She informed the Committee that PBO had been established without a budget allocation. It had an unfunded mandate. No allocation was sanctioned for the Office so the budget came from Parliament’s budget. Parliament had requested funding for the three offices: PBO, OISD, and the Treasury Advisory Office. Parliament’s baseline budget had never been changed, so management supported the three Offices as best it could by re-prioritising and filling the critical positions.  She was aware that Parliament needed stronger legal support. There had never been as many legal advisors as the number required so management was re-aligning that area, but she had seen that other parliaments worked with universities and she believed that establishing partnerships with specialists at universities would help as Parliament could sign contracts for using those specialists only when needed. It was difficult as there was always litigation against Parliament.

The Acting Secretary stated that insourcing had been extremely difficult as she had had to explain to Labour there had to criteria and could not just absorb everyone that the union had been trying to force them to accept. The people had been absorbed but the middle management, especially in the Old Assembly building, had to be trained to supervise. Parliament would be breaking even but employee salaries from R1,500 upwards had been tripled by Parliament and that had had a significant impact. There had also a need for capital injection of equipment and other tools of trade. The Division Managers had been managing suppliers. However, she had been told that there was an emerging pattern of stealing. Parliament had to exercise consequence management and had to train controllers and make sure that staff worked shifts. Training and a change of attitude was needed. The training budget was currently skewed towards Adult Basic Education and Training (ABET) to educate the insourced people. The bottom line was that managers had to manage.

Concerning the relationship between staff and management, the Acting Secretary conceded that no organisation had perfect relationships but Parliament held monthly meetings between management and Labour where matters were discussed. Certain problems could never be resolved. Ten years ago, some staff had not signed performance agreements and were aggrieved that they did not receive bonuses. However, there was not an extensive toxic atmosphere and fighting. Parliament could not have achieved a 78% performance level if staff were not cooperating. Band D had its own forum but even there, there were problems. When the Acting Secretary had found so much conflict and so many fights, managers had been trained in conflict management, there was coaching for some managers, and some managers had trained in conflict management at Stellenbosch University.

Ms Ressida Begg, Division Manager: Core Business Support, responded to the question on the cost of public hearings. She stated that she could provide the costs but could not draw comparisons between the public hearing held by the Fifth Parliament and the National Health Insurance (NHI) Bill hearings as the cost of public hearings depended on the nature of the Bill and the extent to which the Bill would impact on the citizenry. It was largely dependent on Committees how extensive public hearings were, but Parliament tried to be as inclusive as possible. Comparing the Section 25 hearings with the NHI hearings, she explained that during the previous year Section 25 hearings had been held in two municipal districts per province whereas NHI hearings would be held in four municipal districts per province. Parliament did not want contestation in court that public participation had been inadequate. That was the advice that her office gave to Committees.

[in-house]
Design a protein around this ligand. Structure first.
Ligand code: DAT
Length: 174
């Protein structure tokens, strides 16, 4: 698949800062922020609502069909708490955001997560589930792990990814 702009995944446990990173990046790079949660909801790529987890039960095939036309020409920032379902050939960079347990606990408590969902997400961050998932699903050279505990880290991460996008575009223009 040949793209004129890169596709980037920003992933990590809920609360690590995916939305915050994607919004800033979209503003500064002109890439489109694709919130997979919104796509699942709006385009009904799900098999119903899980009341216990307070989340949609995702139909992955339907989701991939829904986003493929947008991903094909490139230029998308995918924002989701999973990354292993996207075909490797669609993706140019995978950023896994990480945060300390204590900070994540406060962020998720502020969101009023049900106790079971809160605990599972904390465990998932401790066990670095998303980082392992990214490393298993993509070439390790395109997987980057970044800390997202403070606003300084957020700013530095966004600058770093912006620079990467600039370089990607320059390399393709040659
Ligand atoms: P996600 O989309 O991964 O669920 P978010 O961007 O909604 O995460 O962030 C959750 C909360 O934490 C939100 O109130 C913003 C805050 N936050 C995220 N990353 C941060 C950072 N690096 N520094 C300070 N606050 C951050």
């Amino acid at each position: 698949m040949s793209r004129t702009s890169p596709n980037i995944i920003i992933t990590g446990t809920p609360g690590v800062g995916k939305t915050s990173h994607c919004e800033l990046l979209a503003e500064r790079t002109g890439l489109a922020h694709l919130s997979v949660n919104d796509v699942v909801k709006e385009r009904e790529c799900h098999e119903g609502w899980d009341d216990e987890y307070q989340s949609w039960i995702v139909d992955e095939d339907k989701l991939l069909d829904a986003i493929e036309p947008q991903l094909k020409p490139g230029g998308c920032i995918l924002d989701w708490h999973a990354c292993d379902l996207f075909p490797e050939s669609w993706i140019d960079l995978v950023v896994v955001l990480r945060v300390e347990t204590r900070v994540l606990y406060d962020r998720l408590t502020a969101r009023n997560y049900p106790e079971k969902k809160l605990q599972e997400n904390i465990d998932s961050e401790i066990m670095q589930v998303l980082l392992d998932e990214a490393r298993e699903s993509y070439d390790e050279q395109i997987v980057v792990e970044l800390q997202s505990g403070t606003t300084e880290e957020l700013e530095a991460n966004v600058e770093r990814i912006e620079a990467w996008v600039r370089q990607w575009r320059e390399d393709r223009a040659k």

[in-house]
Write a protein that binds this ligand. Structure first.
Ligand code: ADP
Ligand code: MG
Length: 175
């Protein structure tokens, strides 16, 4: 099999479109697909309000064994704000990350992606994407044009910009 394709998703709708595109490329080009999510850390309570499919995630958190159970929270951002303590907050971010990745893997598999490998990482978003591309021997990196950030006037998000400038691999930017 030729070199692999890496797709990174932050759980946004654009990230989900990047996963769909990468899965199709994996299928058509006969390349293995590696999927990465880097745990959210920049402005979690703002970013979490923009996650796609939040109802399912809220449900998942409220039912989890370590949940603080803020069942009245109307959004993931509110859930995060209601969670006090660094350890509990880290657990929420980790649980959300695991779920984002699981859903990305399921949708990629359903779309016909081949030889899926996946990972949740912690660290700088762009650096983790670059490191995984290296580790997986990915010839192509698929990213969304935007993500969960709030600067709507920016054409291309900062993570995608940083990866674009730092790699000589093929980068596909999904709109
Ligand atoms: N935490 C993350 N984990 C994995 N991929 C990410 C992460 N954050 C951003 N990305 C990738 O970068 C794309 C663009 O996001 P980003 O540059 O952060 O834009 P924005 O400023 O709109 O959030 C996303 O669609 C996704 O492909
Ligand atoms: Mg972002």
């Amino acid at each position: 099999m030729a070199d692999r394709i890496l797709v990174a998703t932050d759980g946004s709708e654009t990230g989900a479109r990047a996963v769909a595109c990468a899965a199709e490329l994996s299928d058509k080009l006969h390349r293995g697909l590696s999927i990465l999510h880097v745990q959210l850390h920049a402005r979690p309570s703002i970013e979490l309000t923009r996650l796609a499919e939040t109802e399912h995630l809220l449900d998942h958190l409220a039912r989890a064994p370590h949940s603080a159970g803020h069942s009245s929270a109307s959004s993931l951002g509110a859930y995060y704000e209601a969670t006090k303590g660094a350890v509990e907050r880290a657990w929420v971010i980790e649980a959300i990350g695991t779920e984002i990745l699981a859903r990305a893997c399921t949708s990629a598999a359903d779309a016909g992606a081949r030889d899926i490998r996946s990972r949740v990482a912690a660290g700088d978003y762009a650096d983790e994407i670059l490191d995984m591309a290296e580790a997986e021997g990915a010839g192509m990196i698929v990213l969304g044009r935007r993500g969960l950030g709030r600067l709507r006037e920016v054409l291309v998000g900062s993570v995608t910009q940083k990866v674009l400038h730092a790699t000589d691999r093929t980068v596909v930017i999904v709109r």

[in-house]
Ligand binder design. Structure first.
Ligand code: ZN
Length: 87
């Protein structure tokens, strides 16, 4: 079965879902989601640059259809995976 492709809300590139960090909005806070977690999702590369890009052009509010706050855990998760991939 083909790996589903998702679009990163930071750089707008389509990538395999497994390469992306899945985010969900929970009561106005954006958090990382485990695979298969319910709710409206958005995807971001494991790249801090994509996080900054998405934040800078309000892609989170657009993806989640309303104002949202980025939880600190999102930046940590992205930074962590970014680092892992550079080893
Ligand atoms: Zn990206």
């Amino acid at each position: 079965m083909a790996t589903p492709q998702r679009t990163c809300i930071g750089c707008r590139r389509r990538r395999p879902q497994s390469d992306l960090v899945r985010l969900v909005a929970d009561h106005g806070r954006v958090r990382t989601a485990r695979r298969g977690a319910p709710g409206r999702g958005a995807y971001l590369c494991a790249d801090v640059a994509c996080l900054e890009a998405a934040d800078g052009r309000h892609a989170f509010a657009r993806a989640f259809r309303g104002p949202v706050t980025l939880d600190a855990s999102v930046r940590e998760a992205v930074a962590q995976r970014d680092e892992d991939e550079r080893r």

The Acting Secretary stated that reimbursing Members had been delayed as two officials had retired and two staff members in that office had been ill. The manager in that office had to manage and her office would address that.

Further discussion

Ms Lesoma stated that there was talk in the corridor, that she knew she should not bring to the meeting but she was relating it to the HR discussion, that if a person resigned or if there was any intention of the Administration to change any units, how they operated or were managed, no matter how subtle, there had to be consultation before any processes started. The HR Manager had to pay attention to the units and how they were being managed.

Mr Singh said that a Member of his party had been extremely unimpressed with the lunch provided at an outside venue that day. He wanted that followed up. A lot of money came from the European Union (EU) for training and he requested a breakdown of the expenditure of EU money in the previous year and whether there was any possibility of further funding in 2019/20. He asked whether the Secretary’s post had been advertised and suggested that Members of the Finance Committee should be on the Interview panel for the Secretary job.